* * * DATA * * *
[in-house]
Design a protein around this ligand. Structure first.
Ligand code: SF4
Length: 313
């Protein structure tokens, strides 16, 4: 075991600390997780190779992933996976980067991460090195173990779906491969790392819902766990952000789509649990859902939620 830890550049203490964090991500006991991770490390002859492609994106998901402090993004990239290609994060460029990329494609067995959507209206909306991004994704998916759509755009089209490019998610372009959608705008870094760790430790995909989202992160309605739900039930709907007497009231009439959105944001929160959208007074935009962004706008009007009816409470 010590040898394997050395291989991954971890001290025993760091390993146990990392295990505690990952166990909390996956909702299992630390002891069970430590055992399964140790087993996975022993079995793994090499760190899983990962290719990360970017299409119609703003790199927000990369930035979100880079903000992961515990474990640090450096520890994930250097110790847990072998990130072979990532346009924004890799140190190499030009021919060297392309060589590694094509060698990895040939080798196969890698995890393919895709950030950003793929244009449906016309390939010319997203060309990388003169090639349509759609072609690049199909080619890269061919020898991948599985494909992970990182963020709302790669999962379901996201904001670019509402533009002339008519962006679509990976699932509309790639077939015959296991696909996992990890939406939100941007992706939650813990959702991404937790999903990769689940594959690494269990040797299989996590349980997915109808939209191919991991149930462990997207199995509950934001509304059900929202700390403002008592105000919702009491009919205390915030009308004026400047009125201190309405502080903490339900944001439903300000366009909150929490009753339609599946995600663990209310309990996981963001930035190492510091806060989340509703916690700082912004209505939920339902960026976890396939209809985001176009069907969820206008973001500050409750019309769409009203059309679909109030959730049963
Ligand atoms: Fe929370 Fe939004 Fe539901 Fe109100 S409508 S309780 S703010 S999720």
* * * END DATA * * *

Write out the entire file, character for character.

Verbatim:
[in-house]
Design a protein around this ligand. Structure first.
Ligand code: SF4
Length: 313
């Protein structure tokens, strides 16, 4: 075991600390997780190779992933996976980067991460090195173990779906491969790392819902766990952000789509649990859902939620 830890550049203490964090991500006991991770490390002859492609994106998901402090993004990239290609994060460029990329494609067995959507209206909306991004994704998916759509755009089209490019998610372009959608705008870094760790430790995909989202992160309605739900039930709907007497009231009439959105944001929160959208007074935009962004706008009007009816409470 010590040898394997050395291989991954971890001290025993760091390993146990990392295990505690990952166990909390996956909702299992630390002891069970430590055992399964140790087993996975022993079995793994090499760190899983990962290719990360970017299409119609703003790199927000990369930035979100880079903000992961515990474990640090450096520890994930250097110790847990072998990130072979990532346009924004890799140190190499030009021919060297392309060589590694094509060698990895040939080798196969890698995890393919895709950030950003793929244009449906016309390939010319997203060309990388003169090639349509759609072609690049199909080619890269061919020898991948599985494909992970990182963020709302790669999962379901996201904001670019509402533009002339008519962006679509990976699932509309790639077939015959296991696909996992990890939406939100941007992706939650813990959702991404937790999903990769689940594959690494269990040797299989996590349980997915109808939209191919991991149930462990997207199995509950934001509304059900929202700390403002008592105000919702009491009919205390915030009308004026400047009125201190309405502080903490339900944001439903300000366009909150929490009753339609599946995600663990209310309990996981963001930035190492510091806060989340509703916690700082912004209505939920339902960026976890396939209809985001176009069907969820206008973001500050409750019309769409009203059309679909109030959730049963
Ligand atoms: Fe929370 Fe939004 Fe539901 Fe109100 S409508 S309780 S703010 S999720």